“Hey Poppop,” I smiled. “Do you remember the story about the time we were on our way to the aquarium when you and grandma first moved down here?” I asked. “You were driving and grandma was listening to that book on tape and we drove into the rain cloud. We were going over a bridge and it was bright one minute and dark the next. And at the end of the bridge we were in the sun again. We drove in and out from a rain cloud and that was it. But you were so happy. I couldn’t believe it.” I pat his cold hands.

He stayed still and I thought I could keep going, but his lips fell down slowly and he was back to a minimally conscious state. It was quiet in the house, everyone was out. I just sat there with him but I felt alone. I wished he could come back to me for just another moment so I could apologize. I needed to do that for him. But instead, he frowned more and began to yell.

 “Ellen?” he said.

“No Poppop, it’s–”

“Ellen! She’s not here.”

“Poppop, who’s not here?” I leaned in a bit more, looking in his eyes. They were dilated, they were always dilated, like he was always looking into a shadow. And then they narrowed when he saw me.

“Ellen,” he said, looking at me. “I couldn’t find Amy. She’s not in the back yard.”

“Poppop, Amy’s at the store. She’ll be back in a little while.”

“Amy didn’t come home tonight Ellen! Should we call the cops?” He started to shake in his chair and he grabbed my hand. He squeezed it but it didn’t feel like anything more than a caress.

“It’s okay, Poppop,” I said. “We’re here.”

His funeral was filled with the same white lilies and white carnation cross with a red rose arm that Grandma had. The church was taller than I remembered, and Jesus looked even scarier than I remembered. The priest stood at the alter while everybody kneeled. His voice filled the tall room with his creepy chant. Everybody in the room was crying except the altar boys. There were framed photos of him and the family on the table by the casket, the same ones my mom and I scanned through in the first days we were here. The biggest one was the family portrait from our family reunion fifteen years ago, with me, my parents, my aunts and uncles, cousins, my Poppop but not my Grandma. Everyone looked happy but they were all pretending they hadn’t heard the fight between my mom and I just moments before. The fight about the college money and the cheating and the stealing and the other shitton of secret Conner family baggage that showed up at our doorstep that morning.

The other photos, the few that weren’t from when I was young, were ones of when I wasn’t there. My Poppop and his golf gang, him and my cousins at Disney World. It was all standard but I wished I had felt it all. I wished I had gotten another moment when he smiled and I could tell him another story.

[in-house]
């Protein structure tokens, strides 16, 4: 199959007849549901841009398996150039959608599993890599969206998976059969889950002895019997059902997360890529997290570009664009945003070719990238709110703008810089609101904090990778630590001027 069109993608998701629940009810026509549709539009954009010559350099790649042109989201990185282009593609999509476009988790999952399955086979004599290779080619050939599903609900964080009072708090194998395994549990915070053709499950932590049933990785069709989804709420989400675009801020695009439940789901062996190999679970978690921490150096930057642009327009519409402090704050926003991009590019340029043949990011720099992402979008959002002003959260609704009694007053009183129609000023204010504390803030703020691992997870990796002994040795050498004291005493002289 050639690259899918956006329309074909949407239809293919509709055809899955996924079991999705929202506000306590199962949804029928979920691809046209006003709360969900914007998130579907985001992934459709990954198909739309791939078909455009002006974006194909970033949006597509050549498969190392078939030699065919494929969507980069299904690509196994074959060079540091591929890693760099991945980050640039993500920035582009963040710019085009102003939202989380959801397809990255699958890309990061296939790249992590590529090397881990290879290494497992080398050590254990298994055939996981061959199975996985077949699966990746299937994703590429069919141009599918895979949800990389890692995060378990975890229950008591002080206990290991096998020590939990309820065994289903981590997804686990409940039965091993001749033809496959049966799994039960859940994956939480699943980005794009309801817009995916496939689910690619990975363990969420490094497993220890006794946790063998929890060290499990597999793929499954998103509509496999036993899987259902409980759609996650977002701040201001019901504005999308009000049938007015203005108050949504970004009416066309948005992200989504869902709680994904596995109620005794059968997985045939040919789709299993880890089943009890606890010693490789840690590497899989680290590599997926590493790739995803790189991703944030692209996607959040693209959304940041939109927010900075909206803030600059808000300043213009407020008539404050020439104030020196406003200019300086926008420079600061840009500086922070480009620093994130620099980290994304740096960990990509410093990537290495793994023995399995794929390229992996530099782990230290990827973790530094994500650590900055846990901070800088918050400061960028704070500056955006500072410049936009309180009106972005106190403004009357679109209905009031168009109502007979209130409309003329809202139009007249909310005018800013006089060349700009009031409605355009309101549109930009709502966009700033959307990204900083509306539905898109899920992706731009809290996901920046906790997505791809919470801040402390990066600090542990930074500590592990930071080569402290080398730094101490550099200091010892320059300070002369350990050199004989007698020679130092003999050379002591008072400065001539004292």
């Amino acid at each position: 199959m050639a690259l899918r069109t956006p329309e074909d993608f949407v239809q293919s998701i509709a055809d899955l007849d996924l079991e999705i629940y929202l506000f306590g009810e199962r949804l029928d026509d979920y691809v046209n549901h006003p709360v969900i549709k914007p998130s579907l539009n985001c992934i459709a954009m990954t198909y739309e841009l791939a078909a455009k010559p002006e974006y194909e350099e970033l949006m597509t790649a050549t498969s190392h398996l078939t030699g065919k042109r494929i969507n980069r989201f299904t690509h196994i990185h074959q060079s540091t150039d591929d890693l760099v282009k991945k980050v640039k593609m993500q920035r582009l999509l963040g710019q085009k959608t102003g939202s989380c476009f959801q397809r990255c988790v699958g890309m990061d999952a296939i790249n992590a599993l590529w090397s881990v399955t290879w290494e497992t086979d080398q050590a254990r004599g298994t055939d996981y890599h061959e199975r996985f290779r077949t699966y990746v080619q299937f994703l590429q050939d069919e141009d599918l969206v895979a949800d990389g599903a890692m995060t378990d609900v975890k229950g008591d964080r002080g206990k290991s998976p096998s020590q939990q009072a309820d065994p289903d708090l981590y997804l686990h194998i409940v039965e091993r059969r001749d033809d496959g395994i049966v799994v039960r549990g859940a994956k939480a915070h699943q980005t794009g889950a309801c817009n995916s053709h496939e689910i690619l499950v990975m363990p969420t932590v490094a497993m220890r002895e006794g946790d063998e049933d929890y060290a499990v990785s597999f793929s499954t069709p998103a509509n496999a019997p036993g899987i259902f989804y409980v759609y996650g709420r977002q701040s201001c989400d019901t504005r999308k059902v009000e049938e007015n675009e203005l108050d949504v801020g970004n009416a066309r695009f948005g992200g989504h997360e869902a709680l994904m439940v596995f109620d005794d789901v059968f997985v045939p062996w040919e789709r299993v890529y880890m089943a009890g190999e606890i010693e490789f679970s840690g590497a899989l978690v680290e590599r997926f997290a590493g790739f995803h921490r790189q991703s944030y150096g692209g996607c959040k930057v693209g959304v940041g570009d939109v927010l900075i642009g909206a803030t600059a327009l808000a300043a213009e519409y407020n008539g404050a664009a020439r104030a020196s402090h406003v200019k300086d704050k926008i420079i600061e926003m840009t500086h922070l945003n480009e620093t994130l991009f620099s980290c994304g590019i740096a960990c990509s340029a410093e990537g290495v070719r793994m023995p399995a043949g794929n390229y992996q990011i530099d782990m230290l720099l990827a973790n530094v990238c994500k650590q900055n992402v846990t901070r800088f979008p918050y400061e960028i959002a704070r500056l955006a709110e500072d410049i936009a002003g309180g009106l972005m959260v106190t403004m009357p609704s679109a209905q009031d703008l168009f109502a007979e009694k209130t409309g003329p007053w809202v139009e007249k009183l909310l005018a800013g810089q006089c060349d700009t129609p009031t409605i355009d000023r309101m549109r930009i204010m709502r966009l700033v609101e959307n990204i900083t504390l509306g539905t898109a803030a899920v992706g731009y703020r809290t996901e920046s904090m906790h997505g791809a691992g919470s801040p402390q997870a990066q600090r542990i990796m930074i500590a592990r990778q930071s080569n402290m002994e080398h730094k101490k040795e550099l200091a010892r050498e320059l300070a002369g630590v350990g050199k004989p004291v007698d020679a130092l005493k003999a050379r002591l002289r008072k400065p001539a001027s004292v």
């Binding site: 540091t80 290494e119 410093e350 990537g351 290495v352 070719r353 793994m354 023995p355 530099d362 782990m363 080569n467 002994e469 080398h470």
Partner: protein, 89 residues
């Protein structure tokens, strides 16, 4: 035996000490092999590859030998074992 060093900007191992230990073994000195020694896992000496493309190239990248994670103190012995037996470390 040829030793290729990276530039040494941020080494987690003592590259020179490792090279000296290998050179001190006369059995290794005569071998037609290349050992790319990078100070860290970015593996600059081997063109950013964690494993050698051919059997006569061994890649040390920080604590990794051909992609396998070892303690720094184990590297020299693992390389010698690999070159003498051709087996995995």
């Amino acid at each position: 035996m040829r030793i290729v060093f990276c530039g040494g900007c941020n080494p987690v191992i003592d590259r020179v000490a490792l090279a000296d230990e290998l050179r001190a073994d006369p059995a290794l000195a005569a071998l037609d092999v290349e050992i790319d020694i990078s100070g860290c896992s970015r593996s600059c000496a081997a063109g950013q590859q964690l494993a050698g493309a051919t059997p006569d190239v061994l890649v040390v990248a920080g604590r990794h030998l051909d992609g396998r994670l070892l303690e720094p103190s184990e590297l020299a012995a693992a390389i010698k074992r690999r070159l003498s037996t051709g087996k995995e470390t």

After the priest stopped the rites my aunts and uncle went to the front to give short speeches about their father and how much they’d miss him. They’d miss the monthly dinners at Jacks Lobster House before he went senile and the fishing trips at Breeze Point. My mom said she’d miss his homemade ice cream and my uncle the annual golf tournament.

Before I could catch my breath, it was my turn to go to the front and look at the crowd of faces I hadn’t seen in years. “Hello,” I started with. “It’s nice to see everyone despite these–unbearable circumstances. I’m generally not a super emotional person, even though you’ve all seen me act like a madman before.” I got a few smiles of acknowledgment from the family and confused eyebrows from the friends. I’m sure they all thought I was crazy.

I cleared my throat. “I was spending a lot of time with Poppop in the past couple weeks and I cleaned a lot of his crap, excuse my language.” I looked over at the priest who looked down. “Anyway, I came across something that really surprised me when I was cleaning out his office one day. As you all know, Poppop was a great storyteller and a frequent one at that. But something maybe some of you knew but I sure didn’t was that he liked to write. And he wrote a lot of those stories down and I have one of them with me today. This was my favorite story. I hadn’t heard it in a long time but when I read it, it made me really happy. So anyway, I’m going to read it to you.”

I opened the piece of paper in my sweaty, shaky hands and began to read my Poppop’s smooth handwriting.

 “When my little son George was about seven years old he liked to play with paper model airplanes. He would save all his allowance to go to the craft store to buy these models and he ended up with a large collection. The first time he told me he wanted a model airplane, he came up to me and held out his hand.

‘How much money is this?’ he asked me. I helped him count it out and he looked at me with a frown and said, ‘I don’t have enough.’

“I went to my wallet and took out a few more coins, because things only costed a few coins back then, and handed them to him. ‘Wait,’ I said, before he went out the door. I pulled out a few more coins from my pocket.

‘For tax,’ I said. George nodded and went out the door.

“When he came back he had a frown on his face and I asked him where his model airplane was. He held up his hand and gave me a box of thumbtacks.

“‘I didn’t have enough money,’ George told me. ‘I only had enough for tacks.”